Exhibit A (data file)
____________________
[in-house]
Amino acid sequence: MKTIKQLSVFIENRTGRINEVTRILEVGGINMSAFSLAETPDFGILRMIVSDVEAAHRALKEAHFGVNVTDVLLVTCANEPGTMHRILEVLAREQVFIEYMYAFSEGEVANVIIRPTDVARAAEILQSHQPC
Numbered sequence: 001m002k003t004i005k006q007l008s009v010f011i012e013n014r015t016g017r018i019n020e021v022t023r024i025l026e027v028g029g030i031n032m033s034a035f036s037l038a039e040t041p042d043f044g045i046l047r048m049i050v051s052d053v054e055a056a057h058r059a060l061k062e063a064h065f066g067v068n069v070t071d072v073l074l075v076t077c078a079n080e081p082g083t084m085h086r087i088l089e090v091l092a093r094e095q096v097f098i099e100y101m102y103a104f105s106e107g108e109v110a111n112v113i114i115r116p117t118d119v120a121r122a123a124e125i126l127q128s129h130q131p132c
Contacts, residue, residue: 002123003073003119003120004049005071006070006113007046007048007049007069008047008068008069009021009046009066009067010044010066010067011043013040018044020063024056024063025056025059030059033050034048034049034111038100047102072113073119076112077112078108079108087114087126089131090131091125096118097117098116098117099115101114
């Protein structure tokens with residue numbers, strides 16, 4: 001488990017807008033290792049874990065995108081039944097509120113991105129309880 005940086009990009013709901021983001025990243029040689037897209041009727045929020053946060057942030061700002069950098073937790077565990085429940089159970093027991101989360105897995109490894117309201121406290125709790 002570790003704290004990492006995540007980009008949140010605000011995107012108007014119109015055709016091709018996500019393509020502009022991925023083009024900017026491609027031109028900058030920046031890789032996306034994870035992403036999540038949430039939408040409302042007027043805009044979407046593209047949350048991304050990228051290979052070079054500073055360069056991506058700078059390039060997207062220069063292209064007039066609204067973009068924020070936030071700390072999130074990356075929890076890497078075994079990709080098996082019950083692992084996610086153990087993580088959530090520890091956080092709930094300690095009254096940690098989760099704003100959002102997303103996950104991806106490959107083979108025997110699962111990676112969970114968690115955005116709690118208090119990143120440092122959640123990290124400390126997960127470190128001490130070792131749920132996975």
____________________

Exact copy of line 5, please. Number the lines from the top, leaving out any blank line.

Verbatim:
């Protein structure tokens with residue numbers, strides 16, 4: 001488990017807008033290792049874990065995108081039944097509120113991105129309880 005940086009990009013709901021983001025990243029040689037897209041009727045929020053946060057942030061700002069950098073937790077565990085429940089159970093027991101989360105897995109490894117309201121406290125709790 002570790003704290004990492006995540007980009008949140010605000011995107012108007014119109015055709016091709018996500019393509020502009022991925023083009024900017026491609027031109028900058030920046031890789032996306034994870035992403036999540038949430039939408040409302042007027043805009044979407046593209047949350048991304050990228051290979052070079054500073055360069056991506058700078059390039060997207062220069063292209064007039066609204067973009068924020070936030071700390072999130074990356075929890076890497078075994079990709080098996082019950083692992084996610086153990087993580088959530090520890091956080092709930094300690095009254096940690098989760099704003100959002102997303103996950104991806106490959107083979108025997110699962111990676112969970114968690115955005116709690118208090119990143120440092122959640123990290124400390126997960127470190128001490130070792131749920132996975």